September 30, 2020
February 2007 | Vol. VI - No. 2
The Secrets of Great Package Design
A Toy and Its Packaging Are Linked From Inception to Hit — or Miss
So you’ve created a great toy ... but how do you let the consumer know about it? In most cases, it’s the packaging: The way your toy is presented on-shelf is going to be your single most significant selling tool. TDmonthly spoke with a range of toy manufacturers about how to handle packaging, and they agreed that simplicity and visibility are key.
Getting Started: What’s Out There Now?
“A strong marketing plan, price and competition are the three parameters all packaging concepts are based on before any design work is done,” noted Dennis Claussen, senior director of packaging for JAKKS Pacific.
Similarly, at Mattel, “Brand look, product features, cost and the competitive set,” are the top-line considerations, according to Simon Waldron, the marketing director for Hot Wheels.
It’s All in the Name
So where to begin? The answer likely depends on the size of your company. For Small Marvel, a start-up that manufactures three to four products a year, it’s “The name. It’s the most important thing about the packaging,” Craig Zucker, head of product development, told TDmonthly. “It’s the thing you’re going to remember the most.”
A simple descriptive name may fare better than something clever. Said Claussen, “Packaging structure and function supersede the name’s importance in most cases. The majority of the names created [by JAKKS] are more descriptive, speaking to the toy’s function rather than its originality.”
This thinking is seconded by Waldron: “The simpler the name the better.” Therefore, a motorcycle that does a flip might be better named, say, Flipout, than GyroGrinder.
Make the Package Work Harder
Steve Varner, president of Bleeding Edge collectible dolls, said the best package is one that showcases the product well, ensuring that “it can be seen and positioned well, so that it will be intriguing when people walk by it.”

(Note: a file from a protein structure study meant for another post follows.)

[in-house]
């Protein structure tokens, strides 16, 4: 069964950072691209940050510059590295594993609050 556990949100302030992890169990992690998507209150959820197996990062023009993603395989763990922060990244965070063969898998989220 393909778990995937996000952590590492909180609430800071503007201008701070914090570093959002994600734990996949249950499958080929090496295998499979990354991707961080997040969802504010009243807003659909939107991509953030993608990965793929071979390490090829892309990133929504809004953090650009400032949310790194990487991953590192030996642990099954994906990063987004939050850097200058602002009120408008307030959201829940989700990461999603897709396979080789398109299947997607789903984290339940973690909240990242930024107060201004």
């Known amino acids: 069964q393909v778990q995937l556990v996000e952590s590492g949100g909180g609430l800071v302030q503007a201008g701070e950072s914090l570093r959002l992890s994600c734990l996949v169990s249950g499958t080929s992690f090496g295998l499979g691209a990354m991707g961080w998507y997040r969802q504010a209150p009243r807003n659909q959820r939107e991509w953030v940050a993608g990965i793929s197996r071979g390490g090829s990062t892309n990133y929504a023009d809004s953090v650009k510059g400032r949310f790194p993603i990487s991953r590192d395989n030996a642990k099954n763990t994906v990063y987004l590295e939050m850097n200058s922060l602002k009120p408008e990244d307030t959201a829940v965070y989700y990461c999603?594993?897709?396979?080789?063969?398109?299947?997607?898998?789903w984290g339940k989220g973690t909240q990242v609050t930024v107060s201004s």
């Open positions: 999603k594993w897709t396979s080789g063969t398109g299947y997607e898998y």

Interactivity is also compelling, and having a “try-me” built into the product often costs nothing.
Claussen also pointed to a trend toward integrating the package with the product. For toys with no other advertising support, “keeping the toy’s only source of advertising attached to the item through its entire life cycle” makes sense.
Plan for Growth
Smaller manufacturers report that their packaging decisions are highly collaborative because of the close-knit nature of small companies. But what happens when you grow? And your design team is now in another building … or overseas? “Blueprinting” your design can aid communication, experts told TDmonthly.
At a minimum this needs to entail:
- A rank order of the features
- The “magic moment” — the active feature that marketing wants to replicate
- The age recommendation
- The expected look and feel
Your company’s packaging requirements will change as your company evolves. Large or small, smart companies know the value of good packaging. It can be the difference between a great product that dies on-shelf and a great product that sells.
To read about how packaging can affect product perception and sales, click here.
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